U.S. Tactical Air Control Party (TACP) airman participated with the Royal Thai Air Force Combat Control Team (CCT) in the Cope Tiger 2019 exercise.
The opportunity for the two TACPs from the 116th Air Support Operations Squadron from the Washington Air National Guard, to execute a close air support mission on an unfamiliar range and expand their response capabilities was valuable. The opportunity to mentor their Thai brothers in arms, utilizing airpower from the U.S., Thailand and Singapore on a simulated battlefield, however, was priceless, according to the U.S. Air Force.
“We are working closely with the Thai combat control team exchanging tactics, techniques, and procedures, or TTPs, in regards to close air support,” said Master Sgt. Danny Aboy, a 116th ASOS JTAC.
On this particular mission, the airmen worked with their Thai military counterparts to direct Singaporean aircraft to enemy targets. Although there were no live munitions used throughout the mission, the ground controllers benefited from the simulated air strikes.
“We are practicing how we fight. The two-way communication that takes place between us and the pilots is essentially the exact same,” said Staff Sgt. Tim Williams, 116th ASOS JTAC. “The intent over the next ten years is for the Royal Thai Air Force to become signatories of the JTAC Memorandum of Agreement and be recognized across the world as a legitimate JTAC program.”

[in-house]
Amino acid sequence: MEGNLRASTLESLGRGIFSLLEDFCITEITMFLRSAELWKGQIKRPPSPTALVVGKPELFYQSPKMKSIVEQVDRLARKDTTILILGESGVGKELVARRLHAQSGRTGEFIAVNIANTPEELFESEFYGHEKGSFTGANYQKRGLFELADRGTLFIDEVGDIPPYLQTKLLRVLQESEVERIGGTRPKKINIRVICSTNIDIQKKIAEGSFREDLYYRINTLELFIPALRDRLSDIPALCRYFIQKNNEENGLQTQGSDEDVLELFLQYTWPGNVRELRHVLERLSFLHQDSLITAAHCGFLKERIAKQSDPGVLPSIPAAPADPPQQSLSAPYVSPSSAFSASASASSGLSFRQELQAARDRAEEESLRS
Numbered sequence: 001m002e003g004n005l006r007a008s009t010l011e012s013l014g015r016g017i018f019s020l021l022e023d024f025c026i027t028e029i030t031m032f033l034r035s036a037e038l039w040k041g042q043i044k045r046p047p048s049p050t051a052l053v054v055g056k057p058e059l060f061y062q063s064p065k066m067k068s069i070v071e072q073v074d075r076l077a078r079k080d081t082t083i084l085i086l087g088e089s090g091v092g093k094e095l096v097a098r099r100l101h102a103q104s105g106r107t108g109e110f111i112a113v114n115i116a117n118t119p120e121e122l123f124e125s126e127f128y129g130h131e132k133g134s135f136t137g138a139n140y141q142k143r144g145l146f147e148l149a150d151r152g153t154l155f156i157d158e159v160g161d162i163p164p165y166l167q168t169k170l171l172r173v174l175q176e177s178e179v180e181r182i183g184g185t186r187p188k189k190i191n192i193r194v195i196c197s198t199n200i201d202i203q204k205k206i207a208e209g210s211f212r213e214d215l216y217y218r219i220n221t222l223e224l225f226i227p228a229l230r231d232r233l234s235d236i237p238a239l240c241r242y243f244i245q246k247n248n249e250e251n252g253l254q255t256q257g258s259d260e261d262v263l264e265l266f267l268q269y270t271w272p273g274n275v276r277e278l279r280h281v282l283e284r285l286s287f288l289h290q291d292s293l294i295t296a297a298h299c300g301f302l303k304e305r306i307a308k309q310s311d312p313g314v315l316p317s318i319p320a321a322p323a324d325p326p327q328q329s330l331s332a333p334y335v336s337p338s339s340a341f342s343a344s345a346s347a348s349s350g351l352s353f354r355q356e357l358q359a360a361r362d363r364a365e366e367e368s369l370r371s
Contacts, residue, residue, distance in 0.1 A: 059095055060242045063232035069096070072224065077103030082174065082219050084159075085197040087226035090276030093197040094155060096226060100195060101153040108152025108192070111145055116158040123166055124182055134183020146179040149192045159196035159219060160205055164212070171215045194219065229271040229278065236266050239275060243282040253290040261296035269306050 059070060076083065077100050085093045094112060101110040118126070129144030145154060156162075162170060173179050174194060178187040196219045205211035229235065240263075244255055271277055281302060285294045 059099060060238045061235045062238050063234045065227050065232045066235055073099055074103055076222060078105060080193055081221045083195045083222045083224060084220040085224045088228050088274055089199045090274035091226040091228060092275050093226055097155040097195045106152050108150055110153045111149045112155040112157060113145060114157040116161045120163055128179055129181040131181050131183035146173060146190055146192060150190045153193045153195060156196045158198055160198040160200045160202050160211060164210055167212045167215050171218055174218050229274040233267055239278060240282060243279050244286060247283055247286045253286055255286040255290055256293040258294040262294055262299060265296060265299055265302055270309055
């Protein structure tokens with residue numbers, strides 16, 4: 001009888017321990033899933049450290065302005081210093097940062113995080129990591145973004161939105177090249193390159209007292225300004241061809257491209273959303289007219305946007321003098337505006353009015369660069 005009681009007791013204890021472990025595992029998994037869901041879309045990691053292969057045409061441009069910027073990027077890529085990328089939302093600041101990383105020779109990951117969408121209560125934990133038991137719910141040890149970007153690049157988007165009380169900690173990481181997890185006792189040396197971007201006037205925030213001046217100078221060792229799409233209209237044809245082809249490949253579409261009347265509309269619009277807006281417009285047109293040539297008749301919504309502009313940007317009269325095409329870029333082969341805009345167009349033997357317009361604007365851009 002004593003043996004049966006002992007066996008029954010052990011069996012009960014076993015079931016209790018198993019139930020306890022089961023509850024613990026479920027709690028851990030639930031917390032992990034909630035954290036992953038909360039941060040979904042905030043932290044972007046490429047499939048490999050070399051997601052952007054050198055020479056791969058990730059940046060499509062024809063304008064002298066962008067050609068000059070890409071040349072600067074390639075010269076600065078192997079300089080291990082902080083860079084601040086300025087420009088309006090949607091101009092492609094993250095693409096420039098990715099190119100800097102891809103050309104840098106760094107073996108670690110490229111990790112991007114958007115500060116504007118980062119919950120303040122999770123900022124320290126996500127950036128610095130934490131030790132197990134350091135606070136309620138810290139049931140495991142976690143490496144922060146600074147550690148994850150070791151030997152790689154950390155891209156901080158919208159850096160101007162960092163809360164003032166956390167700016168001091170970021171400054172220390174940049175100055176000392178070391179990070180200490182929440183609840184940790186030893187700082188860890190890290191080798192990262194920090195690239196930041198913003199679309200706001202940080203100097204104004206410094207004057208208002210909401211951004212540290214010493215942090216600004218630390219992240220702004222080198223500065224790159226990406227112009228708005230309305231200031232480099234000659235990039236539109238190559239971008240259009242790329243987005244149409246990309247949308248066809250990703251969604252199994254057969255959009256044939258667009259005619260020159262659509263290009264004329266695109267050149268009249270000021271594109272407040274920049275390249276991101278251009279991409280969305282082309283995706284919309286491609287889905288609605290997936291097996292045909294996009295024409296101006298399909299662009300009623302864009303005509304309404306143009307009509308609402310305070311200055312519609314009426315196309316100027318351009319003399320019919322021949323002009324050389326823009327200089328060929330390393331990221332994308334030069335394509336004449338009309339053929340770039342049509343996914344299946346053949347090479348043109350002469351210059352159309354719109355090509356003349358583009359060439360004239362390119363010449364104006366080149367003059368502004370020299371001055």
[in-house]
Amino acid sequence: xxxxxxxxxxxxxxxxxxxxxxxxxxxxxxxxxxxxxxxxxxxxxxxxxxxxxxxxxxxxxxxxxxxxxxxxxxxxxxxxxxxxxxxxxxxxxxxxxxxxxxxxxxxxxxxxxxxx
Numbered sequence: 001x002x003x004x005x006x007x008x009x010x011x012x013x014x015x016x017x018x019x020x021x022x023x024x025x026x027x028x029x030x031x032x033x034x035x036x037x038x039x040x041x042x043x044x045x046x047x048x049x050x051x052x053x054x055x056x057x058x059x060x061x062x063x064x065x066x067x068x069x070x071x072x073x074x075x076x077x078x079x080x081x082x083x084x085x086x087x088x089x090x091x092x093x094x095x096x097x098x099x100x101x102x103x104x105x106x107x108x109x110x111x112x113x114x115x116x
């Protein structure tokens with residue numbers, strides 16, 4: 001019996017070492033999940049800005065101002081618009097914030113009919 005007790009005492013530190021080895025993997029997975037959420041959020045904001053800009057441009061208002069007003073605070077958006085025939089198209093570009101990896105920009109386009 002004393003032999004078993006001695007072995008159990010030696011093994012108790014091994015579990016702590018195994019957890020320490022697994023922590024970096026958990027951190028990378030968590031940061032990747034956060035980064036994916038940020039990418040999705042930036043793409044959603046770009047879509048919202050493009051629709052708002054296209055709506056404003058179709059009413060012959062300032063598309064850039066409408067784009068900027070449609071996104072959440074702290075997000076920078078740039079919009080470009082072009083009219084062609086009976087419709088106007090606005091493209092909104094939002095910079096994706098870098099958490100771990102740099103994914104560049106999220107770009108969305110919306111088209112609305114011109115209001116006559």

The Thai airmen will take their newly-acquired knowledge and train their subordinates.
“The three Thai CCT airmen we are conducting the subject matter exchange with are all in leadership positions,” Williams said. “They will first become GFACs, which is a stepping stone to becoming a JTAC down the road.”
The subject matter exchange supported Cope Tiger objectives in conjunction with the Air National Guard’s State Partnership Program (SPP), as Washington is Thailand's state partner. Engagements such as this meet the primary objectives of the SPP by cultivating enduring personal and institutional relationships that enhance, influence and promote a cooperative, mutually beneficial relationship.